Where was I? Yes, the week in review. What else do I remember? I'm sure there is some important anniversary of a horrible massacre that I've forgotten, or that somebody famous died. Robin Williams passed away, but that was a few weeks ago. No, my memory at this instant draws a blank. All those books I've read, all those intelligent conversations I had with people and wanted to have, it all means didley squat right now. I've got loads of people on my timeline in Facebook and Twitter who tweet and write about the same stuff I used to as an undergraduate. I'm so tired of it all. Yet another book review or must-read article about Palestine and the "Resistance" but now we have Syria too. Syria's revolution is whatever you want it to be. You want it to be a secular class struggle for the domination of the towering heights of the economy, of the means of production? You got it. Maybe you'd like it to be about gender and the breaking of ancient historical and religious shackles. Go for it. Oh and look there's another guy quoting Gramsci. Well done, man. Another actually admits to reading the Hanna Battatu book about the Baath party. That's hours and hours of your life that you won't get back. Hashtag, retweet, look how profound this Edward Said quote is. Mmmm...profound indeed. Let's not mention that he ignored the gassing of the Kurds.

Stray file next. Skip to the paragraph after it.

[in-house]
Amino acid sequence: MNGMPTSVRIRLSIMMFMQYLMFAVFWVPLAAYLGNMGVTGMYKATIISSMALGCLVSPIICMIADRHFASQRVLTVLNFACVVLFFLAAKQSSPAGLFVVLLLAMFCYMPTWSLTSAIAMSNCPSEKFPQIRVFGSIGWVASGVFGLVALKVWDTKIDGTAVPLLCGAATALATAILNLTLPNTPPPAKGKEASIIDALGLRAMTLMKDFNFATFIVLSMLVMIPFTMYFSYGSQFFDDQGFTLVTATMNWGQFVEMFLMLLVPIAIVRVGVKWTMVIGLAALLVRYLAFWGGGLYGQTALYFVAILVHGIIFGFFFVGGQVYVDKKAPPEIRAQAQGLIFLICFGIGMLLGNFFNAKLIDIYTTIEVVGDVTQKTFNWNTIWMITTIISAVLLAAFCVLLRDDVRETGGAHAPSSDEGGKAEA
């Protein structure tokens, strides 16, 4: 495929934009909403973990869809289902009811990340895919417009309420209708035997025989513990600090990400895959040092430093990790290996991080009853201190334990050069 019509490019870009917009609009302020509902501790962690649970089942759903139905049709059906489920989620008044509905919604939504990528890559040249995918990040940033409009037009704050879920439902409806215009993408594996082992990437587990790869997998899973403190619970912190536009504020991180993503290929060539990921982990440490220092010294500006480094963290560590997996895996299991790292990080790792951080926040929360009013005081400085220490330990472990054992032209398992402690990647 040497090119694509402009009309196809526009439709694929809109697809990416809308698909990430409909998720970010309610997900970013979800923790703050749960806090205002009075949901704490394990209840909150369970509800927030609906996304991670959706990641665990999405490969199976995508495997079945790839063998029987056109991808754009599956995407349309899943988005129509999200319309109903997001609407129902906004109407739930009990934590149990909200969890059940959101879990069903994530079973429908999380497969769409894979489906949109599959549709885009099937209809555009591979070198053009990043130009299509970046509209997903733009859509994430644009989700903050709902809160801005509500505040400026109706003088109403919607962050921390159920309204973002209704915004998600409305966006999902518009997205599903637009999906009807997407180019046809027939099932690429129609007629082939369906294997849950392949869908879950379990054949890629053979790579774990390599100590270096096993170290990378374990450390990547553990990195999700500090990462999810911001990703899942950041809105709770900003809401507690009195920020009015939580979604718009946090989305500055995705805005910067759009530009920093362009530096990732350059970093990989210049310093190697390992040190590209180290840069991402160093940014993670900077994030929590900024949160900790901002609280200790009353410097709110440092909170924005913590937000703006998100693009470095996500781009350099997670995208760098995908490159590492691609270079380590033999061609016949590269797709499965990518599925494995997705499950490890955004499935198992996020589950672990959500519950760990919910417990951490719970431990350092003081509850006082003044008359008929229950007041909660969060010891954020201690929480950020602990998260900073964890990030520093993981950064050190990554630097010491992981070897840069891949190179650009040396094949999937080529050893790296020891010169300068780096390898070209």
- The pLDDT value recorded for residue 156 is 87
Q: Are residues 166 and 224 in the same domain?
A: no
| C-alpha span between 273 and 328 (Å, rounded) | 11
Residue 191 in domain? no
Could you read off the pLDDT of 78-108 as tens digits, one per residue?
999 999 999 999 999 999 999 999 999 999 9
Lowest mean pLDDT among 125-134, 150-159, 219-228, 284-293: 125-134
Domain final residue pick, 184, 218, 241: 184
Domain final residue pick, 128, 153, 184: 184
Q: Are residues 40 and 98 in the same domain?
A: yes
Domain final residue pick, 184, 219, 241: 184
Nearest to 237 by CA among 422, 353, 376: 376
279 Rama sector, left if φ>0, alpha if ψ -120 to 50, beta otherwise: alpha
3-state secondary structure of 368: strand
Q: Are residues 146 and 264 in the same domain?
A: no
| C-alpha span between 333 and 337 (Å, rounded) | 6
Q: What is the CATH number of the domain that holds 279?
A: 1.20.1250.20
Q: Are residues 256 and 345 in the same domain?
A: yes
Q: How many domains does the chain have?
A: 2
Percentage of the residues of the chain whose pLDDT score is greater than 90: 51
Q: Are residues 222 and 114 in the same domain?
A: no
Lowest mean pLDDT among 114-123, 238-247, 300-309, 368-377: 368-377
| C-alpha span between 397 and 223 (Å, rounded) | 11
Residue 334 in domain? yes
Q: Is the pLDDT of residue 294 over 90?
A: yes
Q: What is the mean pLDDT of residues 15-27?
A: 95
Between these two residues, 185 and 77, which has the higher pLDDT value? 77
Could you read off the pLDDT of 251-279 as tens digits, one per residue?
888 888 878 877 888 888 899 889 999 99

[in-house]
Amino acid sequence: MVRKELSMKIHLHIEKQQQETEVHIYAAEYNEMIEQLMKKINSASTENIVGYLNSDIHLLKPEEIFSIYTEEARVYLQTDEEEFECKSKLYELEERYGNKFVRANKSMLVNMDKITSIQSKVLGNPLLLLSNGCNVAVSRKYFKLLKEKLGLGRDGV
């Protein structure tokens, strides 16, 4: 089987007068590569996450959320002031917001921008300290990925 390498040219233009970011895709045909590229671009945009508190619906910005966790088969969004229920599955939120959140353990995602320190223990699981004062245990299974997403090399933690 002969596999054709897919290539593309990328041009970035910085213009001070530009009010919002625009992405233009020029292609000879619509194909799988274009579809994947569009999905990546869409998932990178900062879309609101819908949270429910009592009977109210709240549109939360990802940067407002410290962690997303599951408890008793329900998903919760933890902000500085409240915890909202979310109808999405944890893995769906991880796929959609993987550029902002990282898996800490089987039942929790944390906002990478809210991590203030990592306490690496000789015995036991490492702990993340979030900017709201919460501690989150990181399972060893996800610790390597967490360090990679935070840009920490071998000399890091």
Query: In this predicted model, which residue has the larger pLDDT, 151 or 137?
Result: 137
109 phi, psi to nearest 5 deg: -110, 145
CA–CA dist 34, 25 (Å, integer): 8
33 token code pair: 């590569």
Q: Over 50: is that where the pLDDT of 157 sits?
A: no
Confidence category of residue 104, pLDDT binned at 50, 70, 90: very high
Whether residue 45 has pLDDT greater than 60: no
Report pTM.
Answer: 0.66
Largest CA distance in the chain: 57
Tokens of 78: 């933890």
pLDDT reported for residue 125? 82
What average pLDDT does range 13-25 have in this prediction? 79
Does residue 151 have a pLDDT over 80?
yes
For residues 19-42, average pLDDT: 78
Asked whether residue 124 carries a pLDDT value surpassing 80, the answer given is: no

Then there are all the quirky musical tastes I see. What's the name of that Latin American singer? Ah yes, Manu Chao. That one. Very nice to say you like her music, but it's another thing entirely to listen to it. I'm told you have to speak Spanish to fully appreciate it. I guess that's true. And look, there's yet another girl getting in touch with her Arabic and Islamic roots. Yet more pictures of minarets, Islamic patterns, and "this is true Islam" style articles. And of course there's the angry guy who has beef to grind with "The White Man" and he uses that term like he knows what he's talking about. And of course he does, he's read many books on the subject and has worked up his outrage by attending countless vigils and demonstrations. He's probably got a sticker on his iMac to express that too. Go for it, buddy. Fight the Man. And when somebody dies there's that whole "Rest in Power" thing. Why rest in power? When did this become a thing? I feel I have nothing in common with these people.